Genetic selection is a powerful tool to improve livestock production, given that genetic gains are cumulative and permanent, and feeding behavior in cows may be used as an indicated trait for feed efficiency. In a new report in the Journal of Dairy Science®, published by FASS Inc. and Elsevier, eight researchers from the University of Wisconsin (Madison, WI), Council on Dairy Cattle Breeding (Bowie, MD), and Michigan State University (East Lansing, MI) concluded that measures of feeding behavior could be useful indicators of dairy cow feed efficiency, and individual cows that eat at a slower rate may be more feed efficient.
Due to the lack of feeding behavior genetic studies in lactating dairy cattle and the potential for using these traits as indicators of feed efficiency, the objective of this study was to investigate different feeding behavior traits and their genetic associations with feed efficiency traits in lactating US Holstein cows. Researchers estimated genetic parameters for feeding behavior traits using daily records.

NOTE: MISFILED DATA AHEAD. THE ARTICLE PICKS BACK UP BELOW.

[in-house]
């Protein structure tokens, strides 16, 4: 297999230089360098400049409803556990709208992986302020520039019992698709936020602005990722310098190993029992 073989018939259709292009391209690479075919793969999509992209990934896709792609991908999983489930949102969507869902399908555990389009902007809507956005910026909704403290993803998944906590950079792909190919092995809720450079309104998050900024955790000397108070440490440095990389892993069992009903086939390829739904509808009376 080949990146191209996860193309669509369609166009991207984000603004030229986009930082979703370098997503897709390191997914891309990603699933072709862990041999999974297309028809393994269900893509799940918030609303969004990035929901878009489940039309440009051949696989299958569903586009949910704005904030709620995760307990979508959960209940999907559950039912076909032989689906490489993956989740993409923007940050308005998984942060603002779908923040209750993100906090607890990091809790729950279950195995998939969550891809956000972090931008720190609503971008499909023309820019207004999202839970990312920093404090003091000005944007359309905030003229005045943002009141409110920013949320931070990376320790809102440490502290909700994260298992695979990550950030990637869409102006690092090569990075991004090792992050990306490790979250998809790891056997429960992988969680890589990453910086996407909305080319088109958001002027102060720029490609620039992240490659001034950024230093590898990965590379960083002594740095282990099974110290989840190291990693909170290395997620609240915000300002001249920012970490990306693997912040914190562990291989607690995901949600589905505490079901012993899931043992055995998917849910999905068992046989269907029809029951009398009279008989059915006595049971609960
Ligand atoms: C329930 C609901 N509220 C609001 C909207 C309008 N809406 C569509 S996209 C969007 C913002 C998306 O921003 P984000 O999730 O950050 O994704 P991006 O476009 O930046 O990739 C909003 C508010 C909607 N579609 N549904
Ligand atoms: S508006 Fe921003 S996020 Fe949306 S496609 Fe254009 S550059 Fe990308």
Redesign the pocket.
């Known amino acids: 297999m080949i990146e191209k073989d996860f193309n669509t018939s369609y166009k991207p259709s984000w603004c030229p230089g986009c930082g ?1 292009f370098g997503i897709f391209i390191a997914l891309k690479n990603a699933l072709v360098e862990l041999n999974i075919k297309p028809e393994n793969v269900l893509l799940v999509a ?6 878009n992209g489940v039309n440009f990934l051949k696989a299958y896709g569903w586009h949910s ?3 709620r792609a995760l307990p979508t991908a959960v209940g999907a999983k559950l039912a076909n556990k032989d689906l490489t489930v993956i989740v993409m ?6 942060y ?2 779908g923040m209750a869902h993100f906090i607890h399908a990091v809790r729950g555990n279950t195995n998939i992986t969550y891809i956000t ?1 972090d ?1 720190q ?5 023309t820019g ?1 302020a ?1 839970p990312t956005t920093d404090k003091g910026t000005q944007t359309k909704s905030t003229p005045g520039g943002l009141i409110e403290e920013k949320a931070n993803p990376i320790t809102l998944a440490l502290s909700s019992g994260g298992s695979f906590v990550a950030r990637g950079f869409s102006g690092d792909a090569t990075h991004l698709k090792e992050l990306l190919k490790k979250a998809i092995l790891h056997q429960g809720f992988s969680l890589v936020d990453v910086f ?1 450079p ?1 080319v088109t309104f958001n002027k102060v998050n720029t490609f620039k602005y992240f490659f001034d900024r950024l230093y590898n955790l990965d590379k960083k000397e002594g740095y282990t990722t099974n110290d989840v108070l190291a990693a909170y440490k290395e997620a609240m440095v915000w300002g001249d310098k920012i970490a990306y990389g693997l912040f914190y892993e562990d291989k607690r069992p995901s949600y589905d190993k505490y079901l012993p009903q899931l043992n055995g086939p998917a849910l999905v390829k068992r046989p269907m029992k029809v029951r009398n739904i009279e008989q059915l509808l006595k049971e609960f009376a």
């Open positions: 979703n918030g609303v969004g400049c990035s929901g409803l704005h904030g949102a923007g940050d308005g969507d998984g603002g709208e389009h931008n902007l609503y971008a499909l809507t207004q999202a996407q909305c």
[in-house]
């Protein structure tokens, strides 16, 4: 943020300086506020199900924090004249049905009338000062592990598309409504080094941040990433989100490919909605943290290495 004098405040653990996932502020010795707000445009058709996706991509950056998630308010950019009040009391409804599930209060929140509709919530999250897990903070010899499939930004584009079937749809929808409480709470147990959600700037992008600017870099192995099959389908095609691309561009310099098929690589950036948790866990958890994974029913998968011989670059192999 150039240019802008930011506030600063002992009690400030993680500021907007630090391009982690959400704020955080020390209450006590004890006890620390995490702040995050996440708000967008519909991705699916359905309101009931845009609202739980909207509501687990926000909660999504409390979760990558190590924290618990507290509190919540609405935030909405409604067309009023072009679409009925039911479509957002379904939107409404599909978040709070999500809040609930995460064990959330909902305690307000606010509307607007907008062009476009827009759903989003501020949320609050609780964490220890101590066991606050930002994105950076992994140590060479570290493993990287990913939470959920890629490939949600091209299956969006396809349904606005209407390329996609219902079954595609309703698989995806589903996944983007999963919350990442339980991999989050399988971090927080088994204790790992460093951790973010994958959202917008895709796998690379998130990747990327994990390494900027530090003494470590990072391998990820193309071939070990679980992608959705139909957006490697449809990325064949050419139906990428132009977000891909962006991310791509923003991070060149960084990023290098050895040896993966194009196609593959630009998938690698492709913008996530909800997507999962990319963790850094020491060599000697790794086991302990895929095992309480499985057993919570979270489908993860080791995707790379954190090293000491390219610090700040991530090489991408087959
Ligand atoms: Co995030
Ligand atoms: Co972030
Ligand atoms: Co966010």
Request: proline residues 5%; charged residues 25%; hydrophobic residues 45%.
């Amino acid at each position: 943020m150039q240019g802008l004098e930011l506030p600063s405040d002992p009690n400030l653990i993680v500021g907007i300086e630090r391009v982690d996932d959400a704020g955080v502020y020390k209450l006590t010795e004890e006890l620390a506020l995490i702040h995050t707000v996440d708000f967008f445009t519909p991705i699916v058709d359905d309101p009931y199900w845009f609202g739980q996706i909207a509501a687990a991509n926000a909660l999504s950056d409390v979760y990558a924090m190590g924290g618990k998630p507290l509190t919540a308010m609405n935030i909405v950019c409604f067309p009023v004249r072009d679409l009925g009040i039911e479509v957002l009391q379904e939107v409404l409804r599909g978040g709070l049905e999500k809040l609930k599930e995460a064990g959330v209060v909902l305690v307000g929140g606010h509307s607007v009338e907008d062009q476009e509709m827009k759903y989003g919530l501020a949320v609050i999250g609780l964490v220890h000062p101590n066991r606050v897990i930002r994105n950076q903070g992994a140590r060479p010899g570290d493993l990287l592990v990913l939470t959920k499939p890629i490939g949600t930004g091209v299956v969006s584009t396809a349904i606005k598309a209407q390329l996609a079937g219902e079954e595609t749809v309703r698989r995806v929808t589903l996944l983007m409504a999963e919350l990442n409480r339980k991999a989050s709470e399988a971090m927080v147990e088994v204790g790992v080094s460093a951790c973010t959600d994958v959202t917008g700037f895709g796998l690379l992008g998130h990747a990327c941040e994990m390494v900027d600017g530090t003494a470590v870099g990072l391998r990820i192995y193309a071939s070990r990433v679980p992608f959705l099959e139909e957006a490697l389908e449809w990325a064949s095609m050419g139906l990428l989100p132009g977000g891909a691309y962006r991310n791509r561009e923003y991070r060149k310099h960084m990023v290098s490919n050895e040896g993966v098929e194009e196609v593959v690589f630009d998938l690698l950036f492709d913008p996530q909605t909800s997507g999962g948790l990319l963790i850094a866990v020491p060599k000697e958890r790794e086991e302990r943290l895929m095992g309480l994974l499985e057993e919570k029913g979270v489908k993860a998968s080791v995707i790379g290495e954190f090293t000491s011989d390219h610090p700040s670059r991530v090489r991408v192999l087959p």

“Interestingly, some feeding behavior traits were strongly genetically correlated with feed efficiency,” said lead researcher Ligia Cavani, PhD, Department of Animal and Dairy Sciences, University of Wisconsin. The research team found that feeding rate showed a strong positive genetic correlation with dry matter intake, metabolic body weight, and residual feed intake in particular.
The researchers used data from daily feeding behavior records of 1,328 Holstein cows in 31 experiments conducted from 2009 to 2020 in a facility at the University of Wisconsin-Madison Emmons Blaine Dairy Cattle Research Center (Arlington, WI). The facility used an automated intake recording system, which permits one animal to access the feeder at a given time. The feeding behavior traits considered included number of feeder visits per day, number of meals per day, duration of each feeder visit, duration of each meal, total duration of feeder visits, intake per visit, intake per meal, feeding rate per visit, and feeding rate per meal.
Overall, our results suggest that measures of feeding behavior could be useful indicators of dairy cow feed efficiency and that individual cows that eat at a slower rate may be more feed efficient,” said Cavani.